Until reading this book, I was unaware of Father John C. Ford, S.J.'s contribution to the defense of the innocent in warfare. While he acknowledges this and some other contributions by Ford to moral theology (with particular regard to alcohol/substance abuse and upholding Church teaching on contraceptives), Father Genilo does a poor job of conveying the legacy of Father Ford. More seriously, this work seems uninformed by Pope John Paul II's magnificent encyclical on moral theology, Veritatis Splendor.
If we were to only consider Father Ford's contributions with regard to alcohol/substance abuse, his legacy would still be magnificent. As per a 1996 article by Robert Aufill in This Rock magazine, Father Ford was "one of the earliest Catholic proponents of addressing alcoholism as a problem having spiritual, physiological, and psychological, dimensions. Ford said that alcohol addiction is a pathology which is not consciously chosen, but he rejected the deterministic idea that alcoholism is solely a disease without any moral component....Ford's contribution to AA was therefore twofold: He drew on both religion and psychology to show alcoholism as a synthetic problem requiring a synthetic remedy, and he took seriously the quasi-compulsive nature of addiction while rejecting both absolute determinism and the attendant pitfalls of a purely therapeutic approach....In so many ways, Ford's approach to addiction and recovery remains a model of spiritual discernment for our own time."
In 1930's Casti Connubii, Pope Pius XI had offered a powerful message, with regard to the clerical mandate to teach the truth on marriage and marital relations: "If any confessor or pastor of souls, which may God forbid, lead the faithful entrusted to him into these errors or should at least confirm them by approval or by guilty silence, let him be mindful of the fact that he must render a strict account to God, the Supreme Judge, for the betrayal of his sacred trust." For his entire priesthood, it is clear that Father Ford took these words with the utmost seriousness.
As a young man, Dr. Germain Grisez collaborated closely with Father Ford. Grisez's position on contraception was explained by Russell Shaw in a 1996 Catholic World Report article: "In much over-simplified terms, the argument is this: The choice to contracept is a choice against the human good of procreation and as such can never be justified, since it is never morally right to turn one's will against a good of the person, not even for the sake of some other good...From June 1965, on, Grisez collaborated closely with Ford on [so-called papal birth control] commission-related work....[After Humanae Vitae,] The Archdiocese of Washington, DC rapidly became a center and focal point for...dissent....Cardinal Patrick O'Boyle....called in John Ford to help, and Ford called in Grisez." Considering his historic collaboration with Father Ford, Grisez receives incredibly scant treatment from Father Genilo.
While no promoter of Humanae Vitae, Leslie Woodcock Tentler explains in "Catholics and Contraception: An American History" how hints of dissent started to crop up in the mid twentieth century. For far too many years, the Catholic University of America even kept dissenter extraordinaire Father Charles Curran aboard its faculty. Why on earth would Father Genilo prominently feature Curran's feedback on the book jacket! This makes about as much sense as an endorsement from the Joker on a biography of Batman!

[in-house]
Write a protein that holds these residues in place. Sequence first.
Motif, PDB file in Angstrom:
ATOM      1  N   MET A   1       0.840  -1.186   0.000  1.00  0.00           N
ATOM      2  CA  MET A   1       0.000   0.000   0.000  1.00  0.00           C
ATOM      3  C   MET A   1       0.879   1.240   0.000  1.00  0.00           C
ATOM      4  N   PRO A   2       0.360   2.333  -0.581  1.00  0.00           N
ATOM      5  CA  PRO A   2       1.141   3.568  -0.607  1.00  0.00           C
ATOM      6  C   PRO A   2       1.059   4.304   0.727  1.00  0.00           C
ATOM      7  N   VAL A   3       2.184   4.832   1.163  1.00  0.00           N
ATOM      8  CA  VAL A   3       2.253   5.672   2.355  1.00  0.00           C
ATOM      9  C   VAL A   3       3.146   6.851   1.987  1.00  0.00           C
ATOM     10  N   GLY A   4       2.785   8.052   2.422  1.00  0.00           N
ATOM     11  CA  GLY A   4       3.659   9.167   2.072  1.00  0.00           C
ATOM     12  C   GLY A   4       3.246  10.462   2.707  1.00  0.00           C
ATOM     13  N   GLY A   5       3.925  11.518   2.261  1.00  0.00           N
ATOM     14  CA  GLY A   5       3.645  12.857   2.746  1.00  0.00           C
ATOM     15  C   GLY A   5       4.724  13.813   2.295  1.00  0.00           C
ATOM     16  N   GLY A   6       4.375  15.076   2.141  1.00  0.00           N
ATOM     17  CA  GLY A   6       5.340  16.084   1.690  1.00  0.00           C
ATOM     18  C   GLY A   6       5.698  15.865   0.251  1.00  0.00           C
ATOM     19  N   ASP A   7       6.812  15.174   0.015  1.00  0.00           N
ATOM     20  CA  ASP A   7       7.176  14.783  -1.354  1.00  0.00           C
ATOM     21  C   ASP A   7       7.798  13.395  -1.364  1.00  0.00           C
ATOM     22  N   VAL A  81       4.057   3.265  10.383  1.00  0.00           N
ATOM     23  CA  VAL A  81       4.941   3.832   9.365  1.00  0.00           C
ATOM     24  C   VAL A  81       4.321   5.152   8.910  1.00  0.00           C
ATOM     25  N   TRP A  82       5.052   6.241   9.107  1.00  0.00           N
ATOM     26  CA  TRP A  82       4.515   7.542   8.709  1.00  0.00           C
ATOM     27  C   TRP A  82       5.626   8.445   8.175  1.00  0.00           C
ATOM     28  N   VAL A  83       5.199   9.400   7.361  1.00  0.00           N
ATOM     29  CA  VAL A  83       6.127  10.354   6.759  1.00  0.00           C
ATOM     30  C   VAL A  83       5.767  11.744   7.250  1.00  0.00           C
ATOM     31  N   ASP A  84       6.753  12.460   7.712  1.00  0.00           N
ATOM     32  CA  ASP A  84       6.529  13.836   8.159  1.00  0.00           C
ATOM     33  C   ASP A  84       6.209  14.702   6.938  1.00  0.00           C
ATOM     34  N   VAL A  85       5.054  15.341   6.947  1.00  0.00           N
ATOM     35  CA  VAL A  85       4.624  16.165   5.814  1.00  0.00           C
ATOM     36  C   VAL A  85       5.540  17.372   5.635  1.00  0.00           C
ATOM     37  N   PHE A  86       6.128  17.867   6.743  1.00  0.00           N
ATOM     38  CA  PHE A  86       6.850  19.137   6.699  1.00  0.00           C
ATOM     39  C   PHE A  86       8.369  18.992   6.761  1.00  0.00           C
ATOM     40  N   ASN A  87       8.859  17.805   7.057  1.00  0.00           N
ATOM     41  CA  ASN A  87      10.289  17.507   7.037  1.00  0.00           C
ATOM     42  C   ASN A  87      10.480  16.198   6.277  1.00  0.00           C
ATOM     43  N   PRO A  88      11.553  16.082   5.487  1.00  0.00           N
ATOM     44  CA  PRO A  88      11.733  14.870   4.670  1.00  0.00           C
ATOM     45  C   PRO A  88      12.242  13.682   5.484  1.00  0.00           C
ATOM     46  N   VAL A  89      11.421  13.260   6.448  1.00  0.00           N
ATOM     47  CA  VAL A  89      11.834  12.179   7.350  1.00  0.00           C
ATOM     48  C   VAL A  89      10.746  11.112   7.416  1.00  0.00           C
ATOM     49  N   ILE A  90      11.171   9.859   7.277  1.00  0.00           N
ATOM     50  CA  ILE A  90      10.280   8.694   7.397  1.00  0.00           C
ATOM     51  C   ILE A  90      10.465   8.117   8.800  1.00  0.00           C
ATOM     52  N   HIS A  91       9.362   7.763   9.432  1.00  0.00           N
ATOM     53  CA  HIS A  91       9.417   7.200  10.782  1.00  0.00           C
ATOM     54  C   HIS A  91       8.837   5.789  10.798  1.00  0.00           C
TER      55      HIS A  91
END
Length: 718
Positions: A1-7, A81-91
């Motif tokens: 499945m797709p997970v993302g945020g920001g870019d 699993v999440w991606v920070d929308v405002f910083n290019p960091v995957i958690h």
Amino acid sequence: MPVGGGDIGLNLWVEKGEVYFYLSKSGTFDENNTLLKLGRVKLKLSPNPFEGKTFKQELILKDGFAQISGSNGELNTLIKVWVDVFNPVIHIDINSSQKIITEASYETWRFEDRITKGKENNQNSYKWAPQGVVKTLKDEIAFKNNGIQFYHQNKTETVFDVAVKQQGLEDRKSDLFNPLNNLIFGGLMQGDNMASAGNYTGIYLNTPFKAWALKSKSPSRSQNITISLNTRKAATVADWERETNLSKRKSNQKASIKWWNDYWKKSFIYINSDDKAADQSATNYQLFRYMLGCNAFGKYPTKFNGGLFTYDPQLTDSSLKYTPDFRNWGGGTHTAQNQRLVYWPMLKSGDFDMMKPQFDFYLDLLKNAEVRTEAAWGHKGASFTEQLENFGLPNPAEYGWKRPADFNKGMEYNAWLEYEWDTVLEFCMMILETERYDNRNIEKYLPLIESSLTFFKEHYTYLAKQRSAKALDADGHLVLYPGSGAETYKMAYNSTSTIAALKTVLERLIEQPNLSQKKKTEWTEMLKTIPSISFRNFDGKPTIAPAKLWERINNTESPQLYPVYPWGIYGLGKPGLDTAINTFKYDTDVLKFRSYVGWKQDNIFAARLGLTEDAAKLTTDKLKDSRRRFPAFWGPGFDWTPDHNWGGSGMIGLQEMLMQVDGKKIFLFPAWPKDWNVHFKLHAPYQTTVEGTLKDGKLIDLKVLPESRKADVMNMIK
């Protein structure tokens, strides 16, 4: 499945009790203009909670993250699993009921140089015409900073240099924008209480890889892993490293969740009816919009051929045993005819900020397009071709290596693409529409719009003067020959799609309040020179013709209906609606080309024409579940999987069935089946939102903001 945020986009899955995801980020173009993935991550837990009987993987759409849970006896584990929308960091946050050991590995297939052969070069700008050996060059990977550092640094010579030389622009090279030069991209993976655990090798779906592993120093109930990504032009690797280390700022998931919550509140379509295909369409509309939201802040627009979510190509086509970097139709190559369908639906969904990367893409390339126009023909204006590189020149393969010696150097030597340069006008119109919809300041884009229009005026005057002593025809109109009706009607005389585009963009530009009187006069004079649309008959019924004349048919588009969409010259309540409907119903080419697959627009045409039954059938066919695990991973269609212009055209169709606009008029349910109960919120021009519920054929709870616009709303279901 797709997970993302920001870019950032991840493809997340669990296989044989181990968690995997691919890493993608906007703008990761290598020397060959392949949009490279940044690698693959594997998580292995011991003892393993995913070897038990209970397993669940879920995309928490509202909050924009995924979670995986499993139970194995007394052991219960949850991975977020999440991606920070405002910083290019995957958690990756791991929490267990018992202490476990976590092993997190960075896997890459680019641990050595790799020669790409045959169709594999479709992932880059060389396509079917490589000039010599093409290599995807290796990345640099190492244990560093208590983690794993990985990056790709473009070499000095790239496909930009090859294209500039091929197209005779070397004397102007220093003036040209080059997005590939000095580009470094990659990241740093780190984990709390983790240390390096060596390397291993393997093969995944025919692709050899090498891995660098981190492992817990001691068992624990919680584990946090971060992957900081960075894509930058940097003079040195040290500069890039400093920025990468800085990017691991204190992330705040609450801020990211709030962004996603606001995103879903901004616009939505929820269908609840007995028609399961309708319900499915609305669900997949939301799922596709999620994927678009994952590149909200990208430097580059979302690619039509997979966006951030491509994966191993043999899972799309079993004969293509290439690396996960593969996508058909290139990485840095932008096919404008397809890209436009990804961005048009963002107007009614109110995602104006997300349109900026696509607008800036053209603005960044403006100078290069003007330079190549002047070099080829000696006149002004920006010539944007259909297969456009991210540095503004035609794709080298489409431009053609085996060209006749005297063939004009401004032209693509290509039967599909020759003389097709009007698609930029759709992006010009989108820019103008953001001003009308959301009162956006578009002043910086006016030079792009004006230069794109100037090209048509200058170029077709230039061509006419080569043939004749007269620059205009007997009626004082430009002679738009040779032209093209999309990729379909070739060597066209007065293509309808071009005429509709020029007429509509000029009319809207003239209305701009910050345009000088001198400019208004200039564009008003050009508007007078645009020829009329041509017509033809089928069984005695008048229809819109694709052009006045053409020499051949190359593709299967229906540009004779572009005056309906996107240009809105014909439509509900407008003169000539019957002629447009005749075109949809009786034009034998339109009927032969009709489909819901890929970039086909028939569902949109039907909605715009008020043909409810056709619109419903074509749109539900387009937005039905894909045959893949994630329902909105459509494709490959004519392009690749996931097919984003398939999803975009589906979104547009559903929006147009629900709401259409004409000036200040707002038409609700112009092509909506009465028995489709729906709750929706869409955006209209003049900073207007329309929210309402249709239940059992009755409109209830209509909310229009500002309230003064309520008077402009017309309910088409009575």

It is interesting that Tentler acknowledges the impact from a large scale, silent, clerical rejection of Humanae Vitae: "The result was a church where sexual ethics were seldom discussed, despite rapid change in the cultural values.... Divorce rates rose, even among regular churchgoers, as did the practice of premarital cohabitation. Birth and marriage rates declined....Many Catholics...were newly tolerant of abortion" (pp. 276, 277). Father Genilo offers no such acknowledgement. He evidences no awareness 1.) that the pill has been subsequently found to sometimes work in an abortifacient manner or 2.) the magnificent development of knowledge with regard to natural family planning - particularly NaPro Technology. He does not even bother to comment on Pope John Paul II's Theology of the Body.
According to a New Year's Day 2009 article in the Wall Street Journal, it was toward the start of the 1970s that "Politicians...began to realize that, despite the Catholic Church's teachings to the contrary, its bishops and priests had ended their public role of responding negatively to those who promoted a pro-choice agenda. In some cases, church leaders actually started providing 'cover' for Catholic pro-choice politicians who wanted to vote in favor of abortion rights. At a meeting at the Kennedy compound in Hyannisport, Mass., on a hot summer day in 1964, the Kennedy family and its advisers and allies were coached by leading theologians and Catholic college professors on how to accept and promote abortion with a 'clear conscience.' The former Jesuit priest Albert Jonsen....writes about how he joined with the Rev. Joseph Fuchs, a Catholic moral theologian; the Rev. Robert Drinan, then dean of Boston College Law School; and three academic theologians, the Revs. Giles Milhaven, Richard McCormick and Charles Curran, to enable the Kennedy family to redefine support for abortion." It should be noted that Fuchs, McCormick, and Curran are treated as royalty by Father Genilo.